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Monastery of Santa Maria de Arouca

Monastery of Santa Maria de Arouca

The monastic building constituted by the church, choir, cloisters, dormitories and fence, was classified has a National Monument on 16 June of the year 1910.

The current construction was built from the late seventeenth century and the next century. It overlapped all existing buildings and erased all previous architectural structures that were built from the tenth century, the century of the founding of the monastery, dedicated to St. Peter and St. Paul, St. Cosmas and St. Damian. In the thirteenth century, the Holy Queen Mafalda, turned the monastery to the Cistercian rule, and changing the name to the Monastery of Santa Maria de Arouca. We must understand the Monastery of Santa Maria de Arouca as a female Cistercian monastery. The quality of its architecture, and the complementary arts, is justified by the high socio-cultural strata of the nuns who lived in it.

The works of renovation began by the body of Ordinances, which was completed in the year of 1692; followed by the construction of the church and the choir, which is a singular work in the context of the Portuguese architecture designed according to the project of architect Carlos Gimac (1704-1718). The barn with the staircase is from the 40’s and they were built by the architect Gaspar Ferreira from Coimbra. The cloister the workshops the kitchen the refectory and the chapter house are from the second half of the century. The construction of the current building dates between 1692 and 1789. There was no global program for the renovation of the Monastery, although in the existing building the prevailing mark is the coherence of forms which characterizes the image of the Monastery of Arouca. In this architectural building of austere forms, the church and the choir emerged as distinct because of the balanced articulation between the architectural forms and the decorations in which the most representative artists have participated: woodcarving - Filipe da Silva, António Gomes and Miguel Francisco da Silva; stone sculpture in niches of the church and the choir, Jacinto Vieira; paintings in the chancel, André Gonçalves.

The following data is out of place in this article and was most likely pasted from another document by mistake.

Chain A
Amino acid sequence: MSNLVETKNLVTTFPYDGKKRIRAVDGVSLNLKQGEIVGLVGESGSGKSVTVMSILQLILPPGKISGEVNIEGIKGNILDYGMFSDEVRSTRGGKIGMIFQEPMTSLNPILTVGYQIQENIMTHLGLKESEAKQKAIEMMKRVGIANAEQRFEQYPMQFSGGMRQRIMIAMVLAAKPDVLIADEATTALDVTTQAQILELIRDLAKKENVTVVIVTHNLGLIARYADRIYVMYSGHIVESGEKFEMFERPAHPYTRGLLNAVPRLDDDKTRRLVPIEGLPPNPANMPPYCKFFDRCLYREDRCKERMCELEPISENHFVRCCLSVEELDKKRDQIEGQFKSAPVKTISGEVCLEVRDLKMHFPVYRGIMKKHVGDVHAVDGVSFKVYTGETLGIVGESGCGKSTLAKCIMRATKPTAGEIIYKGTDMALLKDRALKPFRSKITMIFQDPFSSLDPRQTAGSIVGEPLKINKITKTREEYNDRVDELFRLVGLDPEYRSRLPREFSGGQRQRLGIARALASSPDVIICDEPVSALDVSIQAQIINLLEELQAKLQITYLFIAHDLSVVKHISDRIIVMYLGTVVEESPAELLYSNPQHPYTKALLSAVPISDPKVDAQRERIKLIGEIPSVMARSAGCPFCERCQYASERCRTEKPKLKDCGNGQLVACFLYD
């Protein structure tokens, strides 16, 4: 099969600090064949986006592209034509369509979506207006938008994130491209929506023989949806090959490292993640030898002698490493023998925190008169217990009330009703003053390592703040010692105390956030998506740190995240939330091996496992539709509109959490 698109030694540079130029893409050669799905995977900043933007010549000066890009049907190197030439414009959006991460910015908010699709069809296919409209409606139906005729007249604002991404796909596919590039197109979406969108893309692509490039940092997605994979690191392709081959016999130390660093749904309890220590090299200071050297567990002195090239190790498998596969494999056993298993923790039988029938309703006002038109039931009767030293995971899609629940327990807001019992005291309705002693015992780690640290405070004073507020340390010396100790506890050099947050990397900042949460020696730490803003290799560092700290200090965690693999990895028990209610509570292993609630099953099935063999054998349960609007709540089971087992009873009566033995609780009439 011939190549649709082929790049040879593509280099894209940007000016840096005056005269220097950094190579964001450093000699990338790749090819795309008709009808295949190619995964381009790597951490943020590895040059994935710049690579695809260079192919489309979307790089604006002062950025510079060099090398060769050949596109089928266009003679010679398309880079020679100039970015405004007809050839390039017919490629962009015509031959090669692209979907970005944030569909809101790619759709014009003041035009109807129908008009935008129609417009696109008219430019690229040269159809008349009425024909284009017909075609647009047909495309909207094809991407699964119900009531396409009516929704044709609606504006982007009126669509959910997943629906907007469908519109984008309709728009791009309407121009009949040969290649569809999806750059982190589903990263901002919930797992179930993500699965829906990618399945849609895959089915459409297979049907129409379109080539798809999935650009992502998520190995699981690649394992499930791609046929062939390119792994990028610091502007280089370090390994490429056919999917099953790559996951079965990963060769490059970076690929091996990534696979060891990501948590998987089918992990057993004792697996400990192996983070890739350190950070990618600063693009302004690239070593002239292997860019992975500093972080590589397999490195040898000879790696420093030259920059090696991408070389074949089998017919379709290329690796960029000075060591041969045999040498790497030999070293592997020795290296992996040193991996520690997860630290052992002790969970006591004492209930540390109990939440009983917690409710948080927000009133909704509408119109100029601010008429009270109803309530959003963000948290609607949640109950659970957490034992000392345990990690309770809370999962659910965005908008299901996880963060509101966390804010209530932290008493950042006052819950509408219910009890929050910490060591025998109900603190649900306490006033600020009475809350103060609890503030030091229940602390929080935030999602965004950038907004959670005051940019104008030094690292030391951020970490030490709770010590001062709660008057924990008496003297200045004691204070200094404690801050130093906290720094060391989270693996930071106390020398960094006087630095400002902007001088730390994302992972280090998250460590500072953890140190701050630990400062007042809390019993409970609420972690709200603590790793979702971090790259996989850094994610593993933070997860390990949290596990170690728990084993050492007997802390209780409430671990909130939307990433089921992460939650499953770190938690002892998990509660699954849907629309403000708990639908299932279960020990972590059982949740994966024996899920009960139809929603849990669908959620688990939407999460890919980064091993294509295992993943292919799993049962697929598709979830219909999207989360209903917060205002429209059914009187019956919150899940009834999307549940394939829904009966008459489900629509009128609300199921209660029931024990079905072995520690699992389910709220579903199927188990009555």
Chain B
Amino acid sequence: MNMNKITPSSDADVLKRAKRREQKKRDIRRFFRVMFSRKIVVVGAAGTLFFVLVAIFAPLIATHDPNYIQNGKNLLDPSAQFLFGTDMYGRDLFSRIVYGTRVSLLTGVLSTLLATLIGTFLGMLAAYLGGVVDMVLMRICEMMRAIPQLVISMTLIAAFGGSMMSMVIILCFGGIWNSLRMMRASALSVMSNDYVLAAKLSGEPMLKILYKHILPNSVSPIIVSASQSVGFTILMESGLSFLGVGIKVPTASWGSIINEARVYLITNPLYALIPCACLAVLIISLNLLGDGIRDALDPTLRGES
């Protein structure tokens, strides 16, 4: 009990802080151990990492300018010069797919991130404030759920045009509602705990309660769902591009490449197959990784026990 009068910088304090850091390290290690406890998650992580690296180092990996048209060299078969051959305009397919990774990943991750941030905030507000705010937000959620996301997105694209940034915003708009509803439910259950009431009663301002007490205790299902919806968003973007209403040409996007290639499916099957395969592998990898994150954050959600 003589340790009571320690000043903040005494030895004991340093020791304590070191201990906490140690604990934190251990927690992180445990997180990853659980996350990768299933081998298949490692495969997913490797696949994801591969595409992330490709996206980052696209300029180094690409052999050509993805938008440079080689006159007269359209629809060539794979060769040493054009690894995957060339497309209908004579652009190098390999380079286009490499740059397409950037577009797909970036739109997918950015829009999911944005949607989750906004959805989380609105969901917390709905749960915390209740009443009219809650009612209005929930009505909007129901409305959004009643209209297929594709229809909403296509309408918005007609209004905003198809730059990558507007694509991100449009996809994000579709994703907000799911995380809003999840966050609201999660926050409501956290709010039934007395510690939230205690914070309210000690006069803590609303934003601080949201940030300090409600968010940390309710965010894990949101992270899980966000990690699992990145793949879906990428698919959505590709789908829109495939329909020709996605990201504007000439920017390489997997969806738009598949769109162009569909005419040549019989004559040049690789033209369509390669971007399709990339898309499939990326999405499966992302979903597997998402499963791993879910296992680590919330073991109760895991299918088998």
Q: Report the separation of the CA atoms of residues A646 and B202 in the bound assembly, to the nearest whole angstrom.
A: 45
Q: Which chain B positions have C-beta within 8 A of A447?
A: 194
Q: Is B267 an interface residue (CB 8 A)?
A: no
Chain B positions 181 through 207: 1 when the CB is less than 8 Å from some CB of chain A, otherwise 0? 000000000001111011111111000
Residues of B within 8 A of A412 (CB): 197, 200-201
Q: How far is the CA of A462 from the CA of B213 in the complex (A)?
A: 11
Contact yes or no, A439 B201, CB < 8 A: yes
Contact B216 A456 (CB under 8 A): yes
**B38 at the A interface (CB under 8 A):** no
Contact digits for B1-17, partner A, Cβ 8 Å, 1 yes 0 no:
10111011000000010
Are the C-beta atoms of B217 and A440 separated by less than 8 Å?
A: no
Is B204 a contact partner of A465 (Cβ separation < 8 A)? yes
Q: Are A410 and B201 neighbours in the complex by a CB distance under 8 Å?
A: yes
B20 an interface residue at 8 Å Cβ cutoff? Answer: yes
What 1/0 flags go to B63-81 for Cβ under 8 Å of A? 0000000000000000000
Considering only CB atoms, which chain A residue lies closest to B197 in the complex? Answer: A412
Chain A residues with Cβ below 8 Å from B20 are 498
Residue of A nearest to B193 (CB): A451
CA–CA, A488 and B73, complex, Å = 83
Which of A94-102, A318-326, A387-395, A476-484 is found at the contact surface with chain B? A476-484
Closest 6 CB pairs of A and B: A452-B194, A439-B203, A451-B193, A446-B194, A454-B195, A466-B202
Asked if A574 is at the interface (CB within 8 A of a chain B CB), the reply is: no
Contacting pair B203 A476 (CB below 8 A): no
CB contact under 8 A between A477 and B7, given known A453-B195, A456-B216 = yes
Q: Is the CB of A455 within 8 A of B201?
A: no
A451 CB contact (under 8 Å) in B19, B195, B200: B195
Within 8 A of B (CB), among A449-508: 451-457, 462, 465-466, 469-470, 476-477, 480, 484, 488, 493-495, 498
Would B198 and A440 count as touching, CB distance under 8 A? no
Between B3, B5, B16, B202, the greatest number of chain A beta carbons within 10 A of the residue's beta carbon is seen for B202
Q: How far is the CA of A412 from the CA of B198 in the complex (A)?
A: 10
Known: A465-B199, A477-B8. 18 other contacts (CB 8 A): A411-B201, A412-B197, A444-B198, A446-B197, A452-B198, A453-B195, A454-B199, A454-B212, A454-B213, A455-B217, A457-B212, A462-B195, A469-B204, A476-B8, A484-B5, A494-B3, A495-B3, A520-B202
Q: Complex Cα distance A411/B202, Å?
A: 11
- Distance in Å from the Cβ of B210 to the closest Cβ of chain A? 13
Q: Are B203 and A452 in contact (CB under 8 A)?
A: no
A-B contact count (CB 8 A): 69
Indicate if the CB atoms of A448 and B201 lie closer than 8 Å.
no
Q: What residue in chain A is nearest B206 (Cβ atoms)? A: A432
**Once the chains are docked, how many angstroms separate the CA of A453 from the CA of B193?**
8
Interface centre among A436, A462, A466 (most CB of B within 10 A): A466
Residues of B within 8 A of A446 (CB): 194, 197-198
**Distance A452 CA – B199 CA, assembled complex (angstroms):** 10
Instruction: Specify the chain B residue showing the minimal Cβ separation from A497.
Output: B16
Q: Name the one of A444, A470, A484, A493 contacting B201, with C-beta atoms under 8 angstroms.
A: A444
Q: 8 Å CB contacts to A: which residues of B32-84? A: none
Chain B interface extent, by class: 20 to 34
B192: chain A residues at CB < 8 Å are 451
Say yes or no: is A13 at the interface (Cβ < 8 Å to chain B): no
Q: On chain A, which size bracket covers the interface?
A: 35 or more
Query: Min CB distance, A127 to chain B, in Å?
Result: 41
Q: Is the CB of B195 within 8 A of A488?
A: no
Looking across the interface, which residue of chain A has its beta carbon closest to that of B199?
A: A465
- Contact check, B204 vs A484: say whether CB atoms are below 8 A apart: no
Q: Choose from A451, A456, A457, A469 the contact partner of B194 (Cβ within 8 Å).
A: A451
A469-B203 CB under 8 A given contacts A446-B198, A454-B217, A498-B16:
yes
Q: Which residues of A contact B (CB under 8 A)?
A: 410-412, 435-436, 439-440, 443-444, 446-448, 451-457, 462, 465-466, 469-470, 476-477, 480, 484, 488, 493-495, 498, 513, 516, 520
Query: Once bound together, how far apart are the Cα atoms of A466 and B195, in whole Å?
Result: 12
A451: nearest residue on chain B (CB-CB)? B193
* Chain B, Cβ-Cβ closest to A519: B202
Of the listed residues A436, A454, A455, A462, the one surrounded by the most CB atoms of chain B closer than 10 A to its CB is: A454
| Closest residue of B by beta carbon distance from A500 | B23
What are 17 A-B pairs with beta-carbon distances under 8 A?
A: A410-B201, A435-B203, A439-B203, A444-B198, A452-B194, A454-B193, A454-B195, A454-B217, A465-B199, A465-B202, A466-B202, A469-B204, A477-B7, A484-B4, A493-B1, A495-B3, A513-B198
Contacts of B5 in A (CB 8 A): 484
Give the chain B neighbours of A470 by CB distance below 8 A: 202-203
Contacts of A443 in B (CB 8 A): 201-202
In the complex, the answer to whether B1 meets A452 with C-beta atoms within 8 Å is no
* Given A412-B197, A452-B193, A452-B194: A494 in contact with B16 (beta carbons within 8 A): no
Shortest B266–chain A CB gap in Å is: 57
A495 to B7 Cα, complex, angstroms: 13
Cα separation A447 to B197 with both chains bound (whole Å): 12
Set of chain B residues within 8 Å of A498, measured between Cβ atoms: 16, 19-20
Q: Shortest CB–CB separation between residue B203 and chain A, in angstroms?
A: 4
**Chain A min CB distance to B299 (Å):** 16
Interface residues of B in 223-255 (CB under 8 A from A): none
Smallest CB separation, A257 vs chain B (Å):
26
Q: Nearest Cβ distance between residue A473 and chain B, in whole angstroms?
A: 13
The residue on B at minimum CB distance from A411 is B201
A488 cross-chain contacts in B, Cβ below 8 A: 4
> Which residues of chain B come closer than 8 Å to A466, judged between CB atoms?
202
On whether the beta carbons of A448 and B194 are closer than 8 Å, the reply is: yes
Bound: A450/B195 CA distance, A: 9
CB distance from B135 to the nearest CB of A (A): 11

The monastery is one of the largest buildings in granite in Portugal.

Professor Doutor Manuel Joaquim Moreira da Rocha
(Director of the Sacred Art Museum of the Royal Brotherhood of Holy Queen Mafalda - Arouca)

Read more:
1. ROCHA, Manuel Moreira da – A Memória de um Mosteiro: Santa Maria de Arouca (Séculos XVII-XX). Das construções e das Reconstruções. Porto: Edições Afrontamento, 2011.
2. Cultural Heritage of General Direction -
Monuments -


Largo de Santa Mafalda
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